heavy 14.5 × 114 mm 23,744 32,000

Average muzzle energies for common pistol cartridges
Cartridge Muzzle energy
ft-lbf joules
.380 ACP
.380 ACP
The .380 ACP pistol cartridge is a rimless, straight-walled pistol cartridge developed by firearms designer John Browning. The cartridge headspaces on the mouth of the case. It was introduced in 1908 by Colt, and has been a popular self-defense cartridge ever since...

.38 Special
.38 Special
The .38 Smith & Wesson Special is a rimmed, centerfire cartridge designed by Smith & Wesson. It is most commonly used in revolvers, although some semi-automatic pistols and carbines also use this round...

9 mm Luger
9 mm Luger Parabellum
The 9×19mm Parabellum cartridge was designed by Georg Luger and introduced in 1902 by the German weapons manufacturer Deutsche Waffen- und Munitionsfabriken for their Luger semi-automatic pistol...

.45 Colt
.45 Colt
The .45 Colt cartridge is a handgun cartridge dating to 1872. It began as a black powder revolver round developed for the Colt Single Action Army revolver, but is offered as a magnum level handgun hunting round in modern usage. This cartridge was adopted by the U.S. Army in 1873 and served as the...

.45 GAP
.45 GAP
The .45 G.A.P. pistol cartridge was designed by Ernest Durham, an engineer with CCI/Speer, at the request of firearms manufacturer Glock to provide a cartridge that would equal the power of the .45 ACP but was shorter to fit in a more compact handgun, and with a stronger case head to reduce the...

.45 ACP
.45 ACP
The .45 ACP , also known as the .45 Auto by C.I.P., is a cartridge designed by John Browning in 1904, for use in his prototype Colt semi-automatic .45 pistol and eventually the M1911 pistol adopted by the United States Army in 1911.-Design and history:The U.S...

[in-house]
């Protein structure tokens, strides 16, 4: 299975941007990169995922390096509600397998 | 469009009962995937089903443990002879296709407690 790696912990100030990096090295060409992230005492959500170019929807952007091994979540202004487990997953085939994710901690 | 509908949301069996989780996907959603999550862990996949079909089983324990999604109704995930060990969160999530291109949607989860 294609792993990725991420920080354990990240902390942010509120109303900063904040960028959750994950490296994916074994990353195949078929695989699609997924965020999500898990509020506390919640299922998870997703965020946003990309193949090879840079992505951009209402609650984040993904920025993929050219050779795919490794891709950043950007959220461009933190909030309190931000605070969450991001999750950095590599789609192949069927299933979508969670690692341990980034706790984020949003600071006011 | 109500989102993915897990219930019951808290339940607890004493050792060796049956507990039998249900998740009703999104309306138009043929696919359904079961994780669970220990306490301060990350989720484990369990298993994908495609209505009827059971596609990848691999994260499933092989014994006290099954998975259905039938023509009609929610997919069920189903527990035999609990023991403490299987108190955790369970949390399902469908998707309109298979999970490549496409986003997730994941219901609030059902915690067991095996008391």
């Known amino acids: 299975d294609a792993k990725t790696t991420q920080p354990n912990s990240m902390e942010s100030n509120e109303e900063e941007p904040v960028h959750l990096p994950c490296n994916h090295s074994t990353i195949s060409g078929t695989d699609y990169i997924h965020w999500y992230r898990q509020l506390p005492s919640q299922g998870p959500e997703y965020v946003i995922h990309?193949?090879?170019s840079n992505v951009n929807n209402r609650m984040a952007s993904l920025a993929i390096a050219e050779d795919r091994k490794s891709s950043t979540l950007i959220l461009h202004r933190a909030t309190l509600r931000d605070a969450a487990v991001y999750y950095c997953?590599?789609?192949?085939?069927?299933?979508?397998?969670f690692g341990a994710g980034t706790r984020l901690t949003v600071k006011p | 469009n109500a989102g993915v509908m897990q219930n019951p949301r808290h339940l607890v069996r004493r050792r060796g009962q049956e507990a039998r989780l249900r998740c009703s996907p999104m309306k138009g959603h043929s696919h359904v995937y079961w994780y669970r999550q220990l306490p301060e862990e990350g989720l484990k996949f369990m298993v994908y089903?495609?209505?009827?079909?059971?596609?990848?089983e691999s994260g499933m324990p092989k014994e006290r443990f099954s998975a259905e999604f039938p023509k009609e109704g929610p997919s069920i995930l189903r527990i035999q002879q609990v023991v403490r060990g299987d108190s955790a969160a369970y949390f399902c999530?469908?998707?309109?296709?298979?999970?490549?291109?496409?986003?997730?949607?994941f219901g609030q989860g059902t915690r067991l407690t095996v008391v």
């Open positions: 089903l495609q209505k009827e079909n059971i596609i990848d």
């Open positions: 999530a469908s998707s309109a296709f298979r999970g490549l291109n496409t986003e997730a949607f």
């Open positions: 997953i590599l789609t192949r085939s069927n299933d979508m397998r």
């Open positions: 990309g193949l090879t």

.40 S&W
.40 S&W
The .40 S&W is a rimless pistol cartridge developed jointly by major American firearms manufacturers Winchester and Smith & Wesson. The .40 S&W was developed from the ground up as a law enforcement cartridge designed to duplicate performance of the FBI's reduced velocity 10mm cartridge which could...

.357 Sig
.357 SIG
The .357 SIG pistol cartridge is the product of Swiss-German firearms manufacturer SIG-Sauer, in cooperation with the American ammunition manufacturer Federal Cartridge. While it is based on a .40 S&W case necked down to accept bullets, the .357 SIG brass is slightly longer...

.357 Mag 550745.7
10mm Auto 650881.3
.44 Mag 10001,355.8
.50 AE 15002,033.7
.454 Casull
.454 Casull
The .454 Casull is a firearm cartridge, developed in 1957 by Dick Casull and Jack Fulmer. It was first announced in November 1959 by Guns & Ammo magazine. The basic design was a lengthened and structurally improved .45 Colt case...

.460 SW 24003,254
.500 SW 26003,525.1

It must be stressed that muzzle energy is dependent upon the factors previously listed and that even velocity is highly variable depending upon the length of the barrel a projectile is fired from. While the above list mentions some averages, there is wide variation in commercial ammunition. A 180 grain bullet fired from .357 magnum handgun can achieve a muzzle energy of 580 foot-pounds. A 110 grain bullet fired from the same gun might only achieve 400 foot-pounds of muzzle energy, depending upon the manufacture of the cartridge. Some .45 Colt ammunition can produce 1,200 foot-pounds of muzzle energy, far in excess of the average listed above.


Edward F. Obert, Thermodynamics, McGraw-Hill Book Co., 1948.

Mc Graw-Hill encyclopedia of Science and Technology, volume ebe-eye and ice-lev, 9th Edition, Mc Graw-Hill, 2002.

See also

  • muzzle velocity
    Muzzle velocity
    Muzzle velocity is the speed a projectile has at the moment it leaves the muzzle of the gun. Muzzle velocities range from approximately to in black powder muskets , to more than in modern rifles with high-performance cartridges such as the .220 Swift and .204 Ruger, all the way to for tank guns...

  • firearm
    A firearm is a weapon that launches one, or many, projectile at high velocity through confined burning of a propellant. This subsonic burning process is technically known as deflagration, as opposed to supersonic combustion known as a detonation. In older firearms, the propellant was typically...

  • foot-pound force
    Foot-pound force
    The foot-pound force, or simply foot-pound is a unit of work or energy in the Engineering and Gravitational Systems in United States customary and Imperial units of measure. It is the energy transferred on applying a force of 1 pound-force through a displacement of 1 foot...

  • free recoil
    Free recoil
    This article is about the energy produced by small arms when discharged. For other uses, go to Recoil Free recoil is a vernacular term or jargon for recoil energy...